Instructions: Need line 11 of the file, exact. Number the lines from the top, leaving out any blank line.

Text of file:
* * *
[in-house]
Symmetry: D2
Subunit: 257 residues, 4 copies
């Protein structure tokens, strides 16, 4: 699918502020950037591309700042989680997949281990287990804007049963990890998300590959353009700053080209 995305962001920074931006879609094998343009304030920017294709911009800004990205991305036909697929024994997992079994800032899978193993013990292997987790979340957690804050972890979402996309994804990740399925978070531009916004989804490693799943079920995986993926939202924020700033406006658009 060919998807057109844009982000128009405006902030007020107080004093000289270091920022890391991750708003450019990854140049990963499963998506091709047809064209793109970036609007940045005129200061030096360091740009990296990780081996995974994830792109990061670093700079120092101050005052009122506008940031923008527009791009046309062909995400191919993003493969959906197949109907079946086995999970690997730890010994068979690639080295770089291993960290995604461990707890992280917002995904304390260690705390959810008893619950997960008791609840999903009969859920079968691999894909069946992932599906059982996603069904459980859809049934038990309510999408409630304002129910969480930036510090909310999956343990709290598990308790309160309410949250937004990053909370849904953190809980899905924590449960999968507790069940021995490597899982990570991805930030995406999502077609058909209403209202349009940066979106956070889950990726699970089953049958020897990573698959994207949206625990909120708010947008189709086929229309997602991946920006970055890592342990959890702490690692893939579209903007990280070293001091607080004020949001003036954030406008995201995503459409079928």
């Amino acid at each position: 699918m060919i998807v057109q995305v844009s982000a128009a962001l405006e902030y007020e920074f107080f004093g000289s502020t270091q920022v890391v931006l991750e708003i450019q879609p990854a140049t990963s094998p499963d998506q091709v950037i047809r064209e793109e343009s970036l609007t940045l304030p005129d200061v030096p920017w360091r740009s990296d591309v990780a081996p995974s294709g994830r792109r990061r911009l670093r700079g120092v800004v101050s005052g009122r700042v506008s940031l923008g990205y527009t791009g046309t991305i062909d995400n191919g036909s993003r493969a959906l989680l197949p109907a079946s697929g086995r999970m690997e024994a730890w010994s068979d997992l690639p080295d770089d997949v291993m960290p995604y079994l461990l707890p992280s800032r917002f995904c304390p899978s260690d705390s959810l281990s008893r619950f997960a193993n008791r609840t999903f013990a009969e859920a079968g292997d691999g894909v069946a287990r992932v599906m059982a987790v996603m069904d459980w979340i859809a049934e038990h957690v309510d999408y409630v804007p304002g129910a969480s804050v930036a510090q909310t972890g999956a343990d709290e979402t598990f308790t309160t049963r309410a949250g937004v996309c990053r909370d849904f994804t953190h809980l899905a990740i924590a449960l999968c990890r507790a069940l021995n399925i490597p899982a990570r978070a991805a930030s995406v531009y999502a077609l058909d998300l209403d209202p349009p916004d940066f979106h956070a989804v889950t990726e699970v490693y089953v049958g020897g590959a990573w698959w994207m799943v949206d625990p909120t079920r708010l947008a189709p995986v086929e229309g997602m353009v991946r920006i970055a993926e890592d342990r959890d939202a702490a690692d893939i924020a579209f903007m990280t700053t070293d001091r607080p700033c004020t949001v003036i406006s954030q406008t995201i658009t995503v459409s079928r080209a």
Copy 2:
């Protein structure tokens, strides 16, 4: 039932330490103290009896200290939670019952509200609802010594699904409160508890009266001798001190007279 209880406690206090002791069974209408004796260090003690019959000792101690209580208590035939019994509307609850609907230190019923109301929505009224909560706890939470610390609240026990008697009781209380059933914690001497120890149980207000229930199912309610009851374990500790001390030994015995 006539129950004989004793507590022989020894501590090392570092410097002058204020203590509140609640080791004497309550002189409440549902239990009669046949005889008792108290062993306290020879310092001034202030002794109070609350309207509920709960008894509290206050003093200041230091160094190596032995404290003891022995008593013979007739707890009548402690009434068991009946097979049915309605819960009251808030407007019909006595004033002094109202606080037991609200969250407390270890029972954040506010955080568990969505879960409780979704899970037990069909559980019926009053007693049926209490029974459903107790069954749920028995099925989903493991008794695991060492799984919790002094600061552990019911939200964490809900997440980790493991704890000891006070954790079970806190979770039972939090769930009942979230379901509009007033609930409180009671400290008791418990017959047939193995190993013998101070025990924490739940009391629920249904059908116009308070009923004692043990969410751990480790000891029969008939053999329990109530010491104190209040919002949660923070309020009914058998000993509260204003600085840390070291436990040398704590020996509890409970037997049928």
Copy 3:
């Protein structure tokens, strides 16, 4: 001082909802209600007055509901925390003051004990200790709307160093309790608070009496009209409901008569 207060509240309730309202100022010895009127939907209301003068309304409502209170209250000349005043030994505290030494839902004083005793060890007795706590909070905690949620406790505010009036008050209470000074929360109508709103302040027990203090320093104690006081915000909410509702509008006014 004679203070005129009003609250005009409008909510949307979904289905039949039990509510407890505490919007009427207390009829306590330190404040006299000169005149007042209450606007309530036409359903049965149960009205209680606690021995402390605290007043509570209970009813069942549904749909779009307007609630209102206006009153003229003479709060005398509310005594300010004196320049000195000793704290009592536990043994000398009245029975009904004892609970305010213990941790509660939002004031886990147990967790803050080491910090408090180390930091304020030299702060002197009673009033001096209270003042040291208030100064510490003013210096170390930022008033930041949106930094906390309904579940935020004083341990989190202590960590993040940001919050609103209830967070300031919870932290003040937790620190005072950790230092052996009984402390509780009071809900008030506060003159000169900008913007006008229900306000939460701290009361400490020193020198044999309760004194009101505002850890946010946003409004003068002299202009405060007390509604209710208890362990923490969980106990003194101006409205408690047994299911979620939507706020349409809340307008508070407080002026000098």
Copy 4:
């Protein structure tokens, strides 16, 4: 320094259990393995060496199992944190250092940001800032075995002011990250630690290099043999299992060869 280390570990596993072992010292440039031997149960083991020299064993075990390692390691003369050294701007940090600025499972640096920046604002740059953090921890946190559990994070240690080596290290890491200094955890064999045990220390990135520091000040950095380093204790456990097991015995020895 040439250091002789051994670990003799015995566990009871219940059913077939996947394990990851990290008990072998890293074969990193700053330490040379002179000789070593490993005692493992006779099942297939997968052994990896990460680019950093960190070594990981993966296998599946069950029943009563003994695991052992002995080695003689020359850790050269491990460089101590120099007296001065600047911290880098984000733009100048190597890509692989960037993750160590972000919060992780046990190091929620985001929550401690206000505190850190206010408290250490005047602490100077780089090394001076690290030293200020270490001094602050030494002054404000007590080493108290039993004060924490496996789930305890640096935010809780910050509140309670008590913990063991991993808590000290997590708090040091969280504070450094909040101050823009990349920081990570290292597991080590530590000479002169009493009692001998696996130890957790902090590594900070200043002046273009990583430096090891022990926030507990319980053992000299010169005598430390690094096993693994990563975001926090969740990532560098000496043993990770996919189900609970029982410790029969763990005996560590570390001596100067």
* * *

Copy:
């Protein structure tokens, strides 16, 4: 320094259990393995060496199992944190250092940001800032075995002011990250630690290099043999299992060869 280390570990596993072992010292440039031997149960083991020299064993075990390692390691003369050294701007940090600025499972640096920046604002740059953090921890946190559990994070240690080596290290890491200094955890064999045990220390990135520091000040950095380093204790456990097991015995020895 040439250091002789051994670990003799015995566990009871219940059913077939996947394990990851990290008990072998890293074969990193700053330490040379002179000789070593490993005692493992006779099942297939997968052994990896990460680019950093960190070594990981993966296998599946069950029943009563003994695991052992002995080695003689020359850790050269491990460089101590120099007296001065600047911290880098984000733009100048190597890509692989960037993750160590972000919060992780046990190091929620985001929550401690206000505190850190206010408290250490005047602490100077780089090394001076690290030293200020270490001094602050030494002054404000007590080493108290039993004060924490496996789930305890640096935010809780910050509140309670008590913990063991991993808590000290997590708090040091969280504070450094909040101050823009990349920081990570290292597991080590530590000479002169009493009692001998696996130890957790902090590594900070200043002046273009990583430096090891022990926030507990319980053992000299010169005598430390690094096993693994990563975001926090969740990532560098000496043993990770996919189900609970029982410790029969763990005996560590570390001596100067």